OGDEN -- Ogden High School senior Jessica Stephens balanced herself ever so carefully on a thin rope elevated a foot or so off the ground Wednesday and held out her hand for sophomore Dallen Whitehead. After the two balanced across the rope, Stephens went back and helped other sophomores cross.
The exercise at the Weber State University ropes course seemed to be a metaphor for the week OHS seniors were having mentoring incoming high school sophomores. Students spent the morning doing team-building activities on the ropes course, many times with the seniors going first to show the younger students how to get it done.
About 35 incoming seniors have been working since February to prepare for the three days of activities to orient new sophomores to high school. OHS teacher Suzie Davis came up with the idea for the older students to help the younger ones after reading studies and seeing students interact, knowing that the younger ones will be more apt to be involved if they see the seniors doing the same thing.
Davis used money from the Small Learning Communities grant to facilitate a longer orientation period this year and next. She hopes the program will continue beyond the grant money.
"A lot of research has shown that (orientation) is more meaningful, the longer it lasts," Davis said of the idea of switching the orientation from its traditional two or three hours to three days.
Students spent Tuesday learning about the school and attending behavior workshops about dating and friendship. On Wednesday students got to use the WSU ropes course, eat lunch on WSU's campus and bowl. Davis wanted to include the WSU portion to show students what college has to offer as well.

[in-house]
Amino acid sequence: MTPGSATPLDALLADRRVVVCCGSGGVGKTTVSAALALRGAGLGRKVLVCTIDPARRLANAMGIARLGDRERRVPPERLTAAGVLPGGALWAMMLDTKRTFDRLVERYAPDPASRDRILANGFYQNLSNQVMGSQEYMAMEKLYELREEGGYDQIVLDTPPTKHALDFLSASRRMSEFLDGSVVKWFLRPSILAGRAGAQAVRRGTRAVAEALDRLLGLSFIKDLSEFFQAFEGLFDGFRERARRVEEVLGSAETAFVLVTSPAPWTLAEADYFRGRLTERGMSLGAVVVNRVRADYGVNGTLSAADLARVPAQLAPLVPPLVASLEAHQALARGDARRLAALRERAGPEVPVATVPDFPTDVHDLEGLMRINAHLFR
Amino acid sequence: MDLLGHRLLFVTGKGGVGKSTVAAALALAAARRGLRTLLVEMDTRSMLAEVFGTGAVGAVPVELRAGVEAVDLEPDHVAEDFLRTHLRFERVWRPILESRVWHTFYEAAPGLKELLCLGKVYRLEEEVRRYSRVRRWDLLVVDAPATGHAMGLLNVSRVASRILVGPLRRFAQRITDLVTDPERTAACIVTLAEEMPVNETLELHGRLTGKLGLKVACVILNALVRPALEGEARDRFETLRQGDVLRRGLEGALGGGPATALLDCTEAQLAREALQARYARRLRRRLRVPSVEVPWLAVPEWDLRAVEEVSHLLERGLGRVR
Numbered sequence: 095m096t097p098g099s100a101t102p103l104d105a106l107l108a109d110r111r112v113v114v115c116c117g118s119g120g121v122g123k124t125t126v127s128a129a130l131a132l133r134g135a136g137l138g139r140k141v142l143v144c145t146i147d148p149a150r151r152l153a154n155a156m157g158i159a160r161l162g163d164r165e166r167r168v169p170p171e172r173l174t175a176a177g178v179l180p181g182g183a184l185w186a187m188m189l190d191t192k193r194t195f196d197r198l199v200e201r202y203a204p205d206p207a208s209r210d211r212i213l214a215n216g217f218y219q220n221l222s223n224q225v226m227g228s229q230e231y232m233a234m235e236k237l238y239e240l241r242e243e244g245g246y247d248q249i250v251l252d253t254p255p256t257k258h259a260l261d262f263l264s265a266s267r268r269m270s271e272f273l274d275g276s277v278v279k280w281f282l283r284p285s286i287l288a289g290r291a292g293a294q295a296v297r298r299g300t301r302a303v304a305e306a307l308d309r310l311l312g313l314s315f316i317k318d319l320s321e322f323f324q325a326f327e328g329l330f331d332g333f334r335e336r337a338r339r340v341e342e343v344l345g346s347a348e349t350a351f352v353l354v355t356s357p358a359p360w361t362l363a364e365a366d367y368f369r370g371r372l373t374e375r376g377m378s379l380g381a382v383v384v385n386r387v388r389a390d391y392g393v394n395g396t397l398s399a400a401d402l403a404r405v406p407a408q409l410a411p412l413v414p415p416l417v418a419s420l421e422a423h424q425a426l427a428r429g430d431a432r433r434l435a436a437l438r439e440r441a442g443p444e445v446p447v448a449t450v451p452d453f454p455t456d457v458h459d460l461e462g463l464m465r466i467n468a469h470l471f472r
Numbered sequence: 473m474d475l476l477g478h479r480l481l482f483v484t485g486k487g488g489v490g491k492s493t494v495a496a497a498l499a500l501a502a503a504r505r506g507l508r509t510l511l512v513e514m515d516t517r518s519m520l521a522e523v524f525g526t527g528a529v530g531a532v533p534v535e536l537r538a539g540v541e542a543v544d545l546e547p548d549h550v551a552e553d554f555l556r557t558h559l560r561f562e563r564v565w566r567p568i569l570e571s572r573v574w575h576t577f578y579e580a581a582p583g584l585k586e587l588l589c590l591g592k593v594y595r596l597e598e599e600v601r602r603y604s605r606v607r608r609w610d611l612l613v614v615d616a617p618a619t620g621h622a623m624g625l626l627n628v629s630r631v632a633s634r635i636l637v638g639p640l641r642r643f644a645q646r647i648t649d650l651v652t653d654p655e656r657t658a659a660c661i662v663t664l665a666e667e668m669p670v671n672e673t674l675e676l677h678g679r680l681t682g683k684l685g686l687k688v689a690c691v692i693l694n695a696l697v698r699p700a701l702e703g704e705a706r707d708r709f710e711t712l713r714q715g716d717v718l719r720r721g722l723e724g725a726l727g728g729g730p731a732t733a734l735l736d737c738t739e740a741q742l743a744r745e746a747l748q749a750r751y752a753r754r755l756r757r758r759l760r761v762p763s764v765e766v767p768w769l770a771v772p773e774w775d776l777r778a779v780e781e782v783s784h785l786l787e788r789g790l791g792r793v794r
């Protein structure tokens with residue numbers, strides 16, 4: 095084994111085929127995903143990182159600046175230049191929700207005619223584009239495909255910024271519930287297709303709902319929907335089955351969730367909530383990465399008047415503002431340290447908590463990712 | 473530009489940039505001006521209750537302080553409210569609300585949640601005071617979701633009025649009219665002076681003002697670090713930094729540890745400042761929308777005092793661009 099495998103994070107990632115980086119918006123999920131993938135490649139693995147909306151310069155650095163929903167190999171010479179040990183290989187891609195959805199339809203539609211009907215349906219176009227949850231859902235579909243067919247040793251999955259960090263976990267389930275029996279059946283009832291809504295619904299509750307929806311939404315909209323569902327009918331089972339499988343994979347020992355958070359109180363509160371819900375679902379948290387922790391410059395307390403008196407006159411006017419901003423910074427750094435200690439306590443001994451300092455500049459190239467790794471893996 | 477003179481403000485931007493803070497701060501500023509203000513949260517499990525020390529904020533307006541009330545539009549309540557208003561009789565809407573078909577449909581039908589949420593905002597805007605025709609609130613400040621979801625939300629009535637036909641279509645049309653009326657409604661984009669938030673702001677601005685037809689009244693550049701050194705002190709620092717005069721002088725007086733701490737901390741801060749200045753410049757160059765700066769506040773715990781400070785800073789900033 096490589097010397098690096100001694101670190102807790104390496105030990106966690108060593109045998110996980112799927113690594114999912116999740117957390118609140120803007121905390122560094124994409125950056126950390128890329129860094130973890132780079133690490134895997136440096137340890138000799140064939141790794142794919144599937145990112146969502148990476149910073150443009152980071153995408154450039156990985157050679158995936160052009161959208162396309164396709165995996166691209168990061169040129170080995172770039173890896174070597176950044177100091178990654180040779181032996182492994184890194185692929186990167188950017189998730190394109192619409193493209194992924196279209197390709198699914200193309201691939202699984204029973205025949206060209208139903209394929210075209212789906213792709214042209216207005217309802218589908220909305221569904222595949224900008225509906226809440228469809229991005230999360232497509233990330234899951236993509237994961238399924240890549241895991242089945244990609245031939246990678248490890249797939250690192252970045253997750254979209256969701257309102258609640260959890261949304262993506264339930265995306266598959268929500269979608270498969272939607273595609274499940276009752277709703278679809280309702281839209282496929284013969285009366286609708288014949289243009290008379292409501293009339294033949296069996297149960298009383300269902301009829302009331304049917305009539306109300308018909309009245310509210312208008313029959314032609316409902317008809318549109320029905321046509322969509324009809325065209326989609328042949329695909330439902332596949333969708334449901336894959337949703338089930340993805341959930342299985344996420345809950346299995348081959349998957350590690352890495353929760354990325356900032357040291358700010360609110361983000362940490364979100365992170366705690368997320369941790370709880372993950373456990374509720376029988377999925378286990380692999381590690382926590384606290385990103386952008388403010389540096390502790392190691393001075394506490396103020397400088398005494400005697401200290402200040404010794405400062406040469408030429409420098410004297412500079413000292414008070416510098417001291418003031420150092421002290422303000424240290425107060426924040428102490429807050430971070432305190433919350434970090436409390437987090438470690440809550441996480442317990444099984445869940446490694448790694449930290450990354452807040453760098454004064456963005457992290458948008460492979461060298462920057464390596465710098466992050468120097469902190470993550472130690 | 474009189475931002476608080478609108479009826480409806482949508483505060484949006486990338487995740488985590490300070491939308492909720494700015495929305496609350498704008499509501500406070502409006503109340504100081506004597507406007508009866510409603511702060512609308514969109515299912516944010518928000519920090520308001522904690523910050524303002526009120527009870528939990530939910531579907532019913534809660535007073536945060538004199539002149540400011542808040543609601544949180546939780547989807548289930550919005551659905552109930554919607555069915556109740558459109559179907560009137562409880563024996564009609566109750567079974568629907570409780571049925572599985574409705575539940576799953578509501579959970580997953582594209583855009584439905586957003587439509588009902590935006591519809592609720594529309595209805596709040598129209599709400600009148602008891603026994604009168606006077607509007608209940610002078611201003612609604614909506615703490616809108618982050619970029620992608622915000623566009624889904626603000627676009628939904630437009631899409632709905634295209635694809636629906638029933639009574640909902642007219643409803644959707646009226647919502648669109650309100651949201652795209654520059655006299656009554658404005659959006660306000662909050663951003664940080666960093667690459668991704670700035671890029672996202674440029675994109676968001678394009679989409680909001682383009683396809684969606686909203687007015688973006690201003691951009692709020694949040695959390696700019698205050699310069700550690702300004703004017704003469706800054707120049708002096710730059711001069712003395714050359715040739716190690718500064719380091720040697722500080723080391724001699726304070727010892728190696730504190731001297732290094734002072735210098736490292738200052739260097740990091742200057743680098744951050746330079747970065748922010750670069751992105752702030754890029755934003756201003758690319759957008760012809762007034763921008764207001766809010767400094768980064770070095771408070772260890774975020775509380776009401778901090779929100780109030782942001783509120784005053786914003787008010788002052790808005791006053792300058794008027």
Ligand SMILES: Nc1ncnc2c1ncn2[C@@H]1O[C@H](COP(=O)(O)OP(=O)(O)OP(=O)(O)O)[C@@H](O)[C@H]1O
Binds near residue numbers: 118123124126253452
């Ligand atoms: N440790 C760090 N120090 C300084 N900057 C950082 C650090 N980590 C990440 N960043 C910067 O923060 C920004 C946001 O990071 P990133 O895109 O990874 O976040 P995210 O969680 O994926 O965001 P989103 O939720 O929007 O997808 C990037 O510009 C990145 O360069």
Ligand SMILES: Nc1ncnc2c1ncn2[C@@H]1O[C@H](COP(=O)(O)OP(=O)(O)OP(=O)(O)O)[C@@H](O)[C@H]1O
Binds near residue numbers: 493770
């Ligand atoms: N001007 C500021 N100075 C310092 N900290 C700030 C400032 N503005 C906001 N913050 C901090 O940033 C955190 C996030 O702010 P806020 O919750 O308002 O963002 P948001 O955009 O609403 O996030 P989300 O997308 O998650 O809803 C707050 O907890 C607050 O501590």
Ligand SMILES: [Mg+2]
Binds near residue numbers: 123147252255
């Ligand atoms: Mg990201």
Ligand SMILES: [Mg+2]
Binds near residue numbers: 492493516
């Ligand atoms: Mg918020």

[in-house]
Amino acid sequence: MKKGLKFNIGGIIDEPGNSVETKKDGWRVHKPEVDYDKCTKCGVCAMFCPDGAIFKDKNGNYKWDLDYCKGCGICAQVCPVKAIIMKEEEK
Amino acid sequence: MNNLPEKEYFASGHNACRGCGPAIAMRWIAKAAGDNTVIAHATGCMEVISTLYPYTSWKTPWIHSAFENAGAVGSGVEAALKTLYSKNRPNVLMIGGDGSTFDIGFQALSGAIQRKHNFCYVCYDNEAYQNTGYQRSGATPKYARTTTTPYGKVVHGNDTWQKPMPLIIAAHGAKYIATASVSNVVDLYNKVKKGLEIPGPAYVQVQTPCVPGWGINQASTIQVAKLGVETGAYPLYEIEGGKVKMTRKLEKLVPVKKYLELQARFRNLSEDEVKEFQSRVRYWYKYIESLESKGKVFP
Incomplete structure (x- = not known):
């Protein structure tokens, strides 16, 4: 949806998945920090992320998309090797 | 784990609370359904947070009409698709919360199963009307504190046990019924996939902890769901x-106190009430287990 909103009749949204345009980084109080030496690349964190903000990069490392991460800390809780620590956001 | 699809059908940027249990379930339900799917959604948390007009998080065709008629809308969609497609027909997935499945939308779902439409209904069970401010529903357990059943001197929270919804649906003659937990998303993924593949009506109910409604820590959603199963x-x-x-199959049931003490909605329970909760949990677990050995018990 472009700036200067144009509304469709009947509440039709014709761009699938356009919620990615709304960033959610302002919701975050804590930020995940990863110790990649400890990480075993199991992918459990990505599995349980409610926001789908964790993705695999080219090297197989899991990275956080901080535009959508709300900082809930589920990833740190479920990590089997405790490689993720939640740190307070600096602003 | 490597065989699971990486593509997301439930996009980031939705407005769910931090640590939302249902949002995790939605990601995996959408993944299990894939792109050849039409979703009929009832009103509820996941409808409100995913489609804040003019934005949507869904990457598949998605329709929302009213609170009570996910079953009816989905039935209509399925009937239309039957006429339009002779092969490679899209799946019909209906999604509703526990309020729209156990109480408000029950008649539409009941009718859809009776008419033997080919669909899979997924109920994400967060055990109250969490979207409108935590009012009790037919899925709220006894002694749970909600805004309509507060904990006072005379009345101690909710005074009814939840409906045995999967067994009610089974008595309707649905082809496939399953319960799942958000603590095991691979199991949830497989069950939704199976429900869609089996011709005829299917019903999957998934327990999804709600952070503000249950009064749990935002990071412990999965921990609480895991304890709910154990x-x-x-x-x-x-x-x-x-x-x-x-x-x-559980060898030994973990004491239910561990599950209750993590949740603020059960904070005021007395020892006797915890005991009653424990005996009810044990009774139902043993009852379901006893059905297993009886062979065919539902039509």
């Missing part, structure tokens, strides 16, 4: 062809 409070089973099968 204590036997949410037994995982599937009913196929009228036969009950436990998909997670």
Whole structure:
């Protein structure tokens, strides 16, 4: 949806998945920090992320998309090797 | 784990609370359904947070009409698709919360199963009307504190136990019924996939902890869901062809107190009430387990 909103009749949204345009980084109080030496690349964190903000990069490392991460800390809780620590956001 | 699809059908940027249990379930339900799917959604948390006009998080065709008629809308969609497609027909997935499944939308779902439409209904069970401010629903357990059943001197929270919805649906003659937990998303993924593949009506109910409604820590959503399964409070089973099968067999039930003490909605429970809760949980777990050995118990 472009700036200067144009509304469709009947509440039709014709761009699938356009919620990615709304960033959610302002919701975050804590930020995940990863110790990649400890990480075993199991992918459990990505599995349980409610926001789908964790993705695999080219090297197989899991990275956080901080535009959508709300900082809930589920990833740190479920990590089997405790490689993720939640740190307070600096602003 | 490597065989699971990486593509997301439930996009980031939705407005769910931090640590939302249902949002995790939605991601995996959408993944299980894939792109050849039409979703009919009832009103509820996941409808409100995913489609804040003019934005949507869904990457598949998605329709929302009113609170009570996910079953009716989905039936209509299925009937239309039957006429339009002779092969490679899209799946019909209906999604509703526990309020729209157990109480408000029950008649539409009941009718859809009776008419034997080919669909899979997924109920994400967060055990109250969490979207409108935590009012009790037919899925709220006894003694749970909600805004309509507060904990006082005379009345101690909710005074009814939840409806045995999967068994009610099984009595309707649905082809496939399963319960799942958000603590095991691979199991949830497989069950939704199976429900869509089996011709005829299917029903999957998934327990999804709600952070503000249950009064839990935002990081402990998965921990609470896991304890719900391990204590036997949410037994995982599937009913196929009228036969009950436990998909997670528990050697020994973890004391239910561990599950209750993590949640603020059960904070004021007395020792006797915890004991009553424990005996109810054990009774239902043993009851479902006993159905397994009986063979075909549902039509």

Students will spend today getting an in-depth tour of the school to learn where classes are amid the ongoing construction. Later, they will participate in a mock assembly where they will learn school songs and cheers, and get their schedules.
Genevieve Bilanzich, a teacher at OHS, signed up to help with the orientation. She has enjoyed watching the students get to know each other.
"OHS sometimes is lacking in school spirit, and we need to have unity with this new school we are being given by the city," Bilanzich said.
The school is undergoing a major renovation and will be complete next year. Portions of the renovation are already finished.
"OHS is known to be diverse, but doing things like this before school even starts can build school unity," she said as she clapped for a sophomore student who scaled a huge wall with a rope and the help of another teacher and student.
Davis sent letters to all seniors with a 3.25 or higher grade point average last winter to recruit them to be involved with the orientation. She said students need community service hours to earn scholarships, and she thought this was an excellent way to earn hours and do something fun at the same time.
Leaders from all areas of the school, ranging from sports to choir to band, signed up. Bilanzich found it refreshing that all types of student leaders were represented, so all types of incoming sophomores could find someone with whom to relate.
Incoming sophomore Nina Kubricky definitely liked that aspect.
"It has given me a head start, and I can get the general air of the high school -- and I like breathing the air," Kubricky said with a laugh as she sat next to senior Sarah Liljenquist. Liljenquist enjoyed the time to bond with the sophomores and said she hopes they will now feel comfortable enough to ask any of them questions or come to them for help.
Whitehead said the orientation week made him feel much better about starting high school.
"It's good they can tell us about things that are coming up," he said of the seniors and teachers. "I feel pretty confident now."
Davis said students starting high school decide in the first two weeks if they will drop out.
"I hope by doing this before school even starts, it will give them that decision to stay," she said.